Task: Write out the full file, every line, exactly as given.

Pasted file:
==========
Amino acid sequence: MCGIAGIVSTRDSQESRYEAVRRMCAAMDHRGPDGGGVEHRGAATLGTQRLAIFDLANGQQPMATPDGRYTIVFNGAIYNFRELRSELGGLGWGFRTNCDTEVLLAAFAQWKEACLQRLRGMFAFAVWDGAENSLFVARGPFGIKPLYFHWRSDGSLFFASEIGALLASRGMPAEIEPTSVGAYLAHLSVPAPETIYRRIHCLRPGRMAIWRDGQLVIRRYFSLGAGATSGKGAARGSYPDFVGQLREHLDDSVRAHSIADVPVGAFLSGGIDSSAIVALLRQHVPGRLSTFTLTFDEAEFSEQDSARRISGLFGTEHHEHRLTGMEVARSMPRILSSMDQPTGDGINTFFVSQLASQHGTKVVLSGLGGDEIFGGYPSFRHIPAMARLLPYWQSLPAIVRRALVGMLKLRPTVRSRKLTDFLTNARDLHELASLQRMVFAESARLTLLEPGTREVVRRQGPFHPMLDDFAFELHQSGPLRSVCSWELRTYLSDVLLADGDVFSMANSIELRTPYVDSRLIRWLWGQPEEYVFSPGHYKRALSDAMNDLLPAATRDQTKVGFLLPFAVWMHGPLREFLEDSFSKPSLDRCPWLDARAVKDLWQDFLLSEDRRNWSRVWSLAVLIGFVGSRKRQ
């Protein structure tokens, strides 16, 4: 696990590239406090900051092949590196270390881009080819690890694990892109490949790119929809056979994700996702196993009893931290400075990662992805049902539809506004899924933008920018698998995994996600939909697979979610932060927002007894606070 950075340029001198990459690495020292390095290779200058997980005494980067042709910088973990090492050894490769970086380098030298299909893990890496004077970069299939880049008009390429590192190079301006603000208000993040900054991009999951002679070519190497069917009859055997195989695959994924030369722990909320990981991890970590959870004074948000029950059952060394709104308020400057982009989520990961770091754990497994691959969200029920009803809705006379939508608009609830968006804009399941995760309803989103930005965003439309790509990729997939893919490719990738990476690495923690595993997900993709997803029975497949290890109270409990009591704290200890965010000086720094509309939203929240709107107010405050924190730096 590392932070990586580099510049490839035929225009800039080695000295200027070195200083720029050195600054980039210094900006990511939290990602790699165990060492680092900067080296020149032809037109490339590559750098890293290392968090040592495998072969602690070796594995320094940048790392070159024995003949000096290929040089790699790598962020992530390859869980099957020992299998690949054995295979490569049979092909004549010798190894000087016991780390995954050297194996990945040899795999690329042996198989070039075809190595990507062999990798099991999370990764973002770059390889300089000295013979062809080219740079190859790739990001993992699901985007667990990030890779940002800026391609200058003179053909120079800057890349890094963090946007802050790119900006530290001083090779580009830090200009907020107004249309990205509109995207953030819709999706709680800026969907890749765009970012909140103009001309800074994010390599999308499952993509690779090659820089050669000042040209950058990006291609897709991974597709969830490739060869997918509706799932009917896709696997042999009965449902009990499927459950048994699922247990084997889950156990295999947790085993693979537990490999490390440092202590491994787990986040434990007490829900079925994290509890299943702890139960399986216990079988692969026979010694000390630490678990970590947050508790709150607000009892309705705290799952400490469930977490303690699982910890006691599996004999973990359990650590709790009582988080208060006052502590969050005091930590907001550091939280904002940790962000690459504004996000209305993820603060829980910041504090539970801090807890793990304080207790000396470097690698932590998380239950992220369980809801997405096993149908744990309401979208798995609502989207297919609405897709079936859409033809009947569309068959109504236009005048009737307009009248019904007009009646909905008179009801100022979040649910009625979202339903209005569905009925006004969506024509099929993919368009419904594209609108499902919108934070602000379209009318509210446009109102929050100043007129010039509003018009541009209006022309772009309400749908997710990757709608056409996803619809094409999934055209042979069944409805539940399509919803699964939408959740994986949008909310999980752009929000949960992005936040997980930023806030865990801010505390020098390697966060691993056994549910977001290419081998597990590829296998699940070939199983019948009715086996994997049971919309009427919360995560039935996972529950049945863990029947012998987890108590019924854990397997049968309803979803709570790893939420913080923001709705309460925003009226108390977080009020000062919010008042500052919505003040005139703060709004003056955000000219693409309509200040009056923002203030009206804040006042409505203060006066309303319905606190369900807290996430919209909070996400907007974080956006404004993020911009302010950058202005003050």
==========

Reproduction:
Amino acid sequence: MCGIAGIVSTRDSQESRYEAVRRMCAAMDHRGPDGGGVEHRGAATLGTQRLAIFDLANGQQPMATPDGRYTIVFNGAIYNFRELRSELGGLGWGFRTNCDTEVLLAAFAQWKEACLQRLRGMFAFAVWDGAENSLFVARGPFGIKPLYFHWRSDGSLFFASEIGALLASRGMPAEIEPTSVGAYLAHLSVPAPETIYRRIHCLRPGRMAIWRDGQLVIRRYFSLGAGATSGKGAARGSYPDFVGQLREHLDDSVRAHSIADVPVGAFLSGGIDSSAIVALLRQHVPGRLSTFTLTFDEAEFSEQDSARRISGLFGTEHHEHRLTGMEVARSMPRILSSMDQPTGDGINTFFVSQLASQHGTKVVLSGLGGDEIFGGYPSFRHIPAMARLLPYWQSLPAIVRRALVGMLKLRPTVRSRKLTDFLTNARDLHELASLQRMVFAESARLTLLEPGTREVVRRQGPFHPMLDDFAFELHQSGPLRSVCSWELRTYLSDVLLADGDVFSMANSIELRTPYVDSRLIRWLWGQPEEYVFSPGHYKRALSDAMNDLLPAATRDQTKVGFLLPFAVWMHGPLREFLEDSFSKPSLDRCPWLDARAVKDLWQDFLLSEDRRNWSRVWSLAVLIGFVGSRKRQ
């Protein structure tokens, strides 16, 4: 696990590239406090900051092949590196270390881009080819690890694990892109490949790119929809056979994700996702196993009893931290400075990662992805049902539809506004899924933008920018698998995994996600939909697979979610932060927002007894606070 950075340029001198990459690495020292390095290779200058997980005494980067042709910088973990090492050894490769970086380098030298299909893990890496004077970069299939880049008009390429590192190079301006603000208000993040900054991009999951002679070519190497069917009859055997195989695959994924030369722990909320990981991890970590959870004074948000029950059952060394709104308020400057982009989520990961770091754990497994691959969200029920009803809705006379939508608009609830968006804009399941995760309803989103930005965003439309790509990729997939893919490719990738990476690495923690595993997900993709997803029975497949290890109270409990009591704290200890965010000086720094509309939203929240709107107010405050924190730096 590392932070990586580099510049490839035929225009800039080695000295200027070195200083720029050195600054980039210094900006990511939290990602790699165990060492680092900067080296020149032809037109490339590559750098890293290392968090040592495998072969602690070796594995320094940048790392070159024995003949000096290929040089790699790598962020992530390859869980099957020992299998690949054995295979490569049979092909004549010798190894000087016991780390995954050297194996990945040899795999690329042996198989070039075809190595990507062999990798099991999370990764973002770059390889300089000295013979062809080219740079190859790739990001993992699901985007667990990030890779940002800026391609200058003179053909120079800057890349890094963090946007802050790119900006530290001083090779580009830090200009907020107004249309990205509109995207953030819709999706709680800026969907890749765009970012909140103009001309800074994010390599999308499952993509690779090659820089050669000042040209950058990006291609897709991974597709969830490739060869997918509706799932009917896709696997042999009965449902009990499927459950048994699922247990084997889950156990295999947790085993693979537990490999490390440092202590491994787990986040434990007490829900079925994290509890299943702890139960399986216990079988692969026979010694000390630490678990970590947050508790709150607000009892309705705290799952400490469930977490303690699982910890006691599996004999973990359990650590709790009582988080208060006052502590969050005091930590907001550091939280904002940790962000690459504004996000209305993820603060829980910041504090539970801090807890793990304080207790000396470097690698932590998380239950992220369980809801997405096993149908744990309401979208798995609502989207297919609405897709079936859409033809009947569309068959109504236009005048009737307009009248019904007009009646909905008179009801100022979040649910009625979202339903209005569905009925006004969506024509099929993919368009419904594209609108499902919108934070602000379209009318509210446009109102929050100043007129010039509003018009541009209006022309772009309400749908997710990757709608056409996803619809094409999934055209042979069944409805539940399509919803699964939408959740994986949008909310999980752009929000949960992005936040997980930023806030865990801010505390020098390697966060691993056994549910977001290419081998597990590829296998699940070939199983019948009715086996994997049971919309009427919360995560039935996972529950049945863990029947012998987890108590019924854990397997049968309803979803709570790893939420913080923001709705309460925003009226108390977080009020000062919010008042500052919505003040005139703060709004003056955000000219693409309509200040009056923002203030009206804040006042409505203060006066309303319905606190369900807290996430919209909070996400907007974080956006404004993020911009302010950058202005003050």